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1.Give an algorithm that determines whether or not a given undirected graph G = (V, E) contains a cycle, your algorithm should run in O(|V |) time, independent of |E|.

2. A directed graph G = (V, E) is Singly connected if u → v implies that there is at most one simple path from u to v for all vertices u, v ∈ V . Give an efficient algorithm to determine whether or not a directed graph is singly connected.

3. Does depth first search of an undirected graph produce any forward or cross edges?

4. A tree T = (V, E) is a connected graph on n vertices (|V | = n) with no cycles in it. Prove the following is true for every tree on n vertices:

(a) T has at least two leaves (nodes of degree 1).

(b) There are exactly n − 1 edges in T.

5. Mr. Ash proposes the following greedy algorithm for finding a minimum spanning tree of a connected weighted graph G = (V, E, W): Until there are |V | − 1 edges left, remove a maximum-weight edge whose removal does not disconnect G. Prove or disprove the assertion that this algorithm is correct. If the algorithm is correct, analyze its running time.

6. Given a graph G = (E, V ), let e be the second smallest edge in G according to the weight function w. Argue that there is a minimum spanning tree containing e. You can assume there are no ties in the weight function (all weights are unique).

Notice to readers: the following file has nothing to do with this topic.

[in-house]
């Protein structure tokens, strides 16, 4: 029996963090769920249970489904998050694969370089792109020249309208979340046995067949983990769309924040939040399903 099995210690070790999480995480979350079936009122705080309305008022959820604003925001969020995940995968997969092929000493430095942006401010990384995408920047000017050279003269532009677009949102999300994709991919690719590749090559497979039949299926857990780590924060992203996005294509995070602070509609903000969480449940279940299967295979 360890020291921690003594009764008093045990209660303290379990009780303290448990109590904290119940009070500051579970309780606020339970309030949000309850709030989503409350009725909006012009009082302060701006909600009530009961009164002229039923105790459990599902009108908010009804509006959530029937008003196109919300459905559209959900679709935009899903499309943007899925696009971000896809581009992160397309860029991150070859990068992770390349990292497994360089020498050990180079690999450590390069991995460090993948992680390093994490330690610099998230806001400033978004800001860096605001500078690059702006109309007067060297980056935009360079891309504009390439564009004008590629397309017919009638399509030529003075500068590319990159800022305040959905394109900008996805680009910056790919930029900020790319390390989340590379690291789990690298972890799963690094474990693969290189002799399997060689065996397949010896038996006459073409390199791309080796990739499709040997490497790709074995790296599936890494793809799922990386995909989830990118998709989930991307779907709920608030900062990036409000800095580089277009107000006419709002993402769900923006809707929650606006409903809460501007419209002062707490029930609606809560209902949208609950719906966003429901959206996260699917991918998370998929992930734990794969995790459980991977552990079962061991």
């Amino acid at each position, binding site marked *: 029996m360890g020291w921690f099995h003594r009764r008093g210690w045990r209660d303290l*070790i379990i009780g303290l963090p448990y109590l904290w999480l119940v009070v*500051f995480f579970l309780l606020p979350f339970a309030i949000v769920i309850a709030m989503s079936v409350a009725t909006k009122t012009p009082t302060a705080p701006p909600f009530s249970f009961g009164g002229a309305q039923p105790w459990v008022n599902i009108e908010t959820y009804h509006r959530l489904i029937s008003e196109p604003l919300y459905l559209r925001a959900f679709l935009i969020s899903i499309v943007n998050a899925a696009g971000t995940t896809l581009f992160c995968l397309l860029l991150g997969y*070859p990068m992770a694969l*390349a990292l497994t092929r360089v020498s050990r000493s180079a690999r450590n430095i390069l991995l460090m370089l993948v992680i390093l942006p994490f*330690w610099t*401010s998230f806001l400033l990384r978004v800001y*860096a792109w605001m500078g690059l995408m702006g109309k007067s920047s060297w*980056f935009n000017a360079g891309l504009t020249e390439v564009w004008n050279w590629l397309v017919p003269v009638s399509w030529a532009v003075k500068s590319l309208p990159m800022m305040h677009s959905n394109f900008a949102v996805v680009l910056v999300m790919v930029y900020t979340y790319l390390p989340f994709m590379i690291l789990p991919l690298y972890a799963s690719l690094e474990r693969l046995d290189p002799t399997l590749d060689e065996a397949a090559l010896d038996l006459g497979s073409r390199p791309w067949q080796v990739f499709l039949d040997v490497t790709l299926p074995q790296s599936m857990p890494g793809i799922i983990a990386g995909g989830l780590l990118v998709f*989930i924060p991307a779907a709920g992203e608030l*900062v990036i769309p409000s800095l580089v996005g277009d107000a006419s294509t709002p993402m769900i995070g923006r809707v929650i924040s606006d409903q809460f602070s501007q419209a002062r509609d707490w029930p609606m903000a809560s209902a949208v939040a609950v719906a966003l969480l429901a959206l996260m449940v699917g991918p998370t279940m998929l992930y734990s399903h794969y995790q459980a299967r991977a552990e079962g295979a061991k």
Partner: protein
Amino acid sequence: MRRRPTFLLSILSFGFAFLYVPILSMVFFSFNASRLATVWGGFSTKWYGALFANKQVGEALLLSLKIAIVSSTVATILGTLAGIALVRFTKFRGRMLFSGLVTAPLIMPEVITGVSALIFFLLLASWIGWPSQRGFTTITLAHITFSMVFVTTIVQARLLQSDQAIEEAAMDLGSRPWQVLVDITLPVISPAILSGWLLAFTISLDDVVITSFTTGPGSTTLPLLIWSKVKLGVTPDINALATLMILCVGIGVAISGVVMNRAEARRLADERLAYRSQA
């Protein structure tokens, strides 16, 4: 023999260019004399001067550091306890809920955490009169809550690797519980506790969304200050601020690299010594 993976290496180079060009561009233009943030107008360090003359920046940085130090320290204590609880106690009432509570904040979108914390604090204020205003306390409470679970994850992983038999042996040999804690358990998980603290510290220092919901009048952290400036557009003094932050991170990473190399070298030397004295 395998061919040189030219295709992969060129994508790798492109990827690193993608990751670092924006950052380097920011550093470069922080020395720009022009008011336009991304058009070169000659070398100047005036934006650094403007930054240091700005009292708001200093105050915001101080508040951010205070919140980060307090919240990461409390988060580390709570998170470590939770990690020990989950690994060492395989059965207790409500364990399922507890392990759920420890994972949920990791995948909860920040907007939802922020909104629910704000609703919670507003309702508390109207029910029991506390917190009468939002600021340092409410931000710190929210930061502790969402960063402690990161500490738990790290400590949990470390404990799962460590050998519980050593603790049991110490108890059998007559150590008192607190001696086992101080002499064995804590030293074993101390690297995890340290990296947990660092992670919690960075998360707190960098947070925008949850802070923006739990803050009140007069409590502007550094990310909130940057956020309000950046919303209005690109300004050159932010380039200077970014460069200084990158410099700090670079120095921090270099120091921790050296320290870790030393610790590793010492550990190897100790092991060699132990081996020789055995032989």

7. Let G be a directed graph with real-valued edge costs and with a start vertex s and target vertex t. We wish to find a shortest path from s to t. Consider the following version of the single-source shortest path algorithm, where e(v) is an easily-computed function that estimates the shortest distance from v to t: Initialization: Set d(s) = 0, d(v) = ∞ for all v 6= s, L = {s}.

Repeat the following steps until L is empty (t is not reachable from s) or t is removed from L: Delete from L a vertex v such that d(v) +e(v) is minimum. For each edge (v, w) such that d(v) + c(v, w) < d(w), replace d(w) by d(v) + c(v, w), replace p(w) by v, and add w to L if it is not already present. The hope is that when t is removed from L, d(t) will be the length of a shortest path from s to t, and this path may be recovered by following p-pointers backward from t. We wish to find conditions on the estimate e that guarantee that this is the case.

(a) Prove that if e is a safe estimate then, for any vertex v, e(v) is a lower bound on the length of a shortest path from v to t.

(b) Prove that if there is a negative cycle from which t is reachable, then no estimate is safe.

(c) Prove that if e is a safe estimate, then the shortest path algorithm removes every vertex from L at most once, and when a vertex v is removed from L, d(v) is the actual shortest distance from s to v.

(d) Suppose e and f are both safe estimates, with e(v) ≥ f(v) for every vertex v. Prove that, when the algorithm is run with estimate e, no more vertices are removed from L than when the algorithm is run with estimate f.

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